Mayor Jamael Tito Brown has called the $88.6 million in federal COVID-19 stimulus funds a "legacy opportunity" for Youngstown.
He's right, and he's right to ask folks to come forward with their ideas for how to best spend the funds.
Pay off the Covelli Centre.
Now, the city has myriad infrastructure needs ranging from broken roads to missing sidewalks to hundreds of dilapidated homes that need to be demolished. It has capital needs from snowplows to basic infrastructure like streetlights. Then there's the issue of the $4.4 million the state auditor says the city must repay to its general fund from money taken from water and sewer accounts for items like economic development and the mayor's SUV.
So, my idea might seem out of left field, but indulge me for the moment.
In the past, such federal largesse like the $88.6 million would have come into city hall through the front door with much of it exiting soon after by murky means involving insider deals and tales of cash-filled envelopes. This might be a different era, but scrutiny is still required. And the easiest, most obvious uses of all of that money might not be the best.
Sidewalks, snowplows and even the repayment of the general fund are all short-term improvements that either engender more spending (sidewalks and snowplows will eventually need to be repaired or replaced) or, while important, are dead ends in terms of a return on investment.
Maybe you feel the city should hire more workers. Well, you also take on long-term obligations that can quickly devour any budget. A worker hired at $25.91 per hour will cost on average an additional $11.82 per hour in benefits. At a cumulative $37.73 per hour, that one worker will cost an employer about $400,000 by year No. 5.
And we should have fresh concerns about hiring and raises. Remember the case of Clerk of Court Sarah Brown-Clark? When many departments in city hall downsized during the pandemic and other city employees took on more responsibilities without a pay increase in the past year, Brown-Clark handed out raises to 11 employees totaling almost $100,000. In five years, that becomes $500,000 in spending that might not have been prudent. See how quickly that adds up?
So while there are many, many needs out there that deserve attention — and this is not to discount many of them — I am focused on something the city could spend money on that would quickly provide other opportunities. That's what paying off the Covelli Centre might mean.
The city took on more debt to fund the $42 million center, which started with a $26 million HUD grant for a "convocation center." Today, the city pays about $1 million per year in debt service, and about $5 million will be left after this year's payment is made in May.
To be clear, no longer is the center a strain on the general fund. That money comes from concession profits and a ticket tax — which totaled about $700,000 in the last normal year of 2019 — and funds from Mahoning County real estate taxes that are earmarked solely for debt payoff.
As City Finance Director Kyle Miasek notes, the city has had a low debt load over the years, so this has been a good use of county funds, especially once JAC Management President Eric Ryan was hired to run the center, right-size the operation and make it more self-sufficient almost a decade ago.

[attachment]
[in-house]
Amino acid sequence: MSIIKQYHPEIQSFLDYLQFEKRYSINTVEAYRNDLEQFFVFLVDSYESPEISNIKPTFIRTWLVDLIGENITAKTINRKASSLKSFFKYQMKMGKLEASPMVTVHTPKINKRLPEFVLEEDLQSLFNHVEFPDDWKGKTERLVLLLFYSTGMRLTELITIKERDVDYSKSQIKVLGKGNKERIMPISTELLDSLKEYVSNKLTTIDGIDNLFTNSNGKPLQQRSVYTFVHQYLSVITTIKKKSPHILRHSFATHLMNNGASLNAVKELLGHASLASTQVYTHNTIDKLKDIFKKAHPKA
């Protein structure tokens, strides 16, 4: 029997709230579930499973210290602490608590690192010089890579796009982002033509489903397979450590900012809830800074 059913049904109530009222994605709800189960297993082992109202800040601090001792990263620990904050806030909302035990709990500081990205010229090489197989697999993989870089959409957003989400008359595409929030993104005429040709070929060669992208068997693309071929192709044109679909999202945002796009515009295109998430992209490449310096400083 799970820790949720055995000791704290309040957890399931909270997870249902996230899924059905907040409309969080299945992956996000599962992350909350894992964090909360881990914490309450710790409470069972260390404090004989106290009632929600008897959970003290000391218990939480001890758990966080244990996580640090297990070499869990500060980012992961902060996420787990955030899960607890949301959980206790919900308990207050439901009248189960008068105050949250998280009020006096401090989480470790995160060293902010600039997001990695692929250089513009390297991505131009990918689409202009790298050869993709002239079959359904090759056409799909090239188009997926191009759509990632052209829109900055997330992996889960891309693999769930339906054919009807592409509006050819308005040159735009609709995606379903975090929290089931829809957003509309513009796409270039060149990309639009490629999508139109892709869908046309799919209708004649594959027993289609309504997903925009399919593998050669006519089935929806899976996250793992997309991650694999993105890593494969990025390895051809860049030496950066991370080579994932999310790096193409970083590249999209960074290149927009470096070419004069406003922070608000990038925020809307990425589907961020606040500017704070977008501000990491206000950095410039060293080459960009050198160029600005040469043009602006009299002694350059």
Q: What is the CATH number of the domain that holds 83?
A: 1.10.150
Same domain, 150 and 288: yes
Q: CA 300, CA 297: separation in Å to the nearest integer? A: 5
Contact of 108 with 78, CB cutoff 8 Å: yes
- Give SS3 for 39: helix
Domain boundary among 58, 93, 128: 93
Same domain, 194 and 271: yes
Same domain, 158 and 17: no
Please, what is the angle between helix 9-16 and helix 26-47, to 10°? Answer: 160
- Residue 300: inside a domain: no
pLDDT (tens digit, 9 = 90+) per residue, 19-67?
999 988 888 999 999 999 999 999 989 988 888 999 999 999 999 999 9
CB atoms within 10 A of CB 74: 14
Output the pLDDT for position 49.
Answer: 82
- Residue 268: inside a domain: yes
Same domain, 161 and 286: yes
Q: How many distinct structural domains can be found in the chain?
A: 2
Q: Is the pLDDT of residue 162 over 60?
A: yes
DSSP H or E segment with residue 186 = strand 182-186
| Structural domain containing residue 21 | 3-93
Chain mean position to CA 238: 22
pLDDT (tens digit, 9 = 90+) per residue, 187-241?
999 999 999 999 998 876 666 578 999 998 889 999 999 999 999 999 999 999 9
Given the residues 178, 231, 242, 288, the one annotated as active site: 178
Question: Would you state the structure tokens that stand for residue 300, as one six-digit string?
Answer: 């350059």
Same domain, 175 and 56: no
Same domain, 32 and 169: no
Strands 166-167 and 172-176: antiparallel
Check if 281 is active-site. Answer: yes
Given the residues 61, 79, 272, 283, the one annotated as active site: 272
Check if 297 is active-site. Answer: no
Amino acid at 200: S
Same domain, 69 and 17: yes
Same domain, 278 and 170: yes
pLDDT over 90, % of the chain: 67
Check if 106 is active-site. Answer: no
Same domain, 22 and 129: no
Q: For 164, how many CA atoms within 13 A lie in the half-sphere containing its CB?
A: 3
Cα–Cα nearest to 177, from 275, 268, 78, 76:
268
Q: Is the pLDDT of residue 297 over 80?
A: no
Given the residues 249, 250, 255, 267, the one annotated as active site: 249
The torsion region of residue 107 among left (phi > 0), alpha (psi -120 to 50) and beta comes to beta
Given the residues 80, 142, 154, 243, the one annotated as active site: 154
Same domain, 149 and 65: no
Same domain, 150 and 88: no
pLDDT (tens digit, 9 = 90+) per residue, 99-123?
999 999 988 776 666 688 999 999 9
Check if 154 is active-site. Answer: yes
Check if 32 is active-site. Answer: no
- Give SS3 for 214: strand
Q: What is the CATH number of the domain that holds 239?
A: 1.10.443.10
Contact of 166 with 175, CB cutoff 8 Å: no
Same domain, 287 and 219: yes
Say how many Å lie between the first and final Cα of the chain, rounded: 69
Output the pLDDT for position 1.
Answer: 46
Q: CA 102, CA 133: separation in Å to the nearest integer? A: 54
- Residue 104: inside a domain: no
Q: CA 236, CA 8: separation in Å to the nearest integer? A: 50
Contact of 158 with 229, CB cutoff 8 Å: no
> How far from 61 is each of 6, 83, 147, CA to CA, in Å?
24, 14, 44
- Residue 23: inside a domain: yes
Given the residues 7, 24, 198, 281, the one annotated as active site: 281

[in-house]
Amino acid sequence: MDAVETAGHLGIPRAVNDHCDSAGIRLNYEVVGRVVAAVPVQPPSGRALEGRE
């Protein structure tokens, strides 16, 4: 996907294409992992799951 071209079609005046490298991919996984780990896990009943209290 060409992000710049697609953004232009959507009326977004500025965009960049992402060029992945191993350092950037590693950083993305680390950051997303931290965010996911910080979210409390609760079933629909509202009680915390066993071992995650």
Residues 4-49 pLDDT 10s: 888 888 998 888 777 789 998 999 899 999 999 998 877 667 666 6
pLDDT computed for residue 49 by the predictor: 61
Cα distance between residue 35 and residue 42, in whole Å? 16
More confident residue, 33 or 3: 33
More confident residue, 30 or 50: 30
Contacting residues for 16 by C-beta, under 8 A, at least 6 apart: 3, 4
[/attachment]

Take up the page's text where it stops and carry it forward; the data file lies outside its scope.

Now, we've obviously hit a bump over the past year with the pandemic and the center's ability to have major events. But looking forward to normal times in the near future, imagine this scenario if you paid off the Covelli.
Since that $700,000 won't be needed to pay off debt, the council could enact an ordinance that would allow those funds to flow back to the general fund. At $700,000 a year, that's a seven-year payback on the stimulus funding. If the council doesn't want to make that change, the city could also establish an enterprise-zone of sorts downtown to create a revolving fund for investment in downtown businesses.
In addition, at 16 years old, the center is not getting any younger. This fund could also protect the city from big-ticket items down the line, like a new roof, etc.
And then, without the need for the Covelli Centre bond payments, the city could enact different debt to create more opportunities. Other revolving funds. Other neighborhood solutions. Other business initiatives.
And I know I'll get at least one reaction that goes like this: "Why should a poor city use $5 million of the funds to fund a center many people will never see the inside of?"
Well, first, the idea is to pay it off and use debt and funds elsewhere that WILL impact more people. But also, consider this: The city-owned center is managed by a company that is contracted by the city to make a profit. So, more diverse entertainment options often take a backseat to more proven acts. What if the city allowed the center to create a fund to underwrite an event featuring little- or no-cost tickets? How could that benefit everyone in the city?
After a year-plus of being locked down, we'd all like a fresh start. We'd like some entertainment options. We'd like a new push downtown. Paying off the Covelli might be a good first step.
I don't have the expertise of Miasek or Ryan, and I'm sure there are holes in my theory to iron out. But that's my idea. Agree? Disagree? Have your own good ideas? Hit me up with your views at email@example.com.
— Mark Sweetwood is local editor of Mahoning Matters.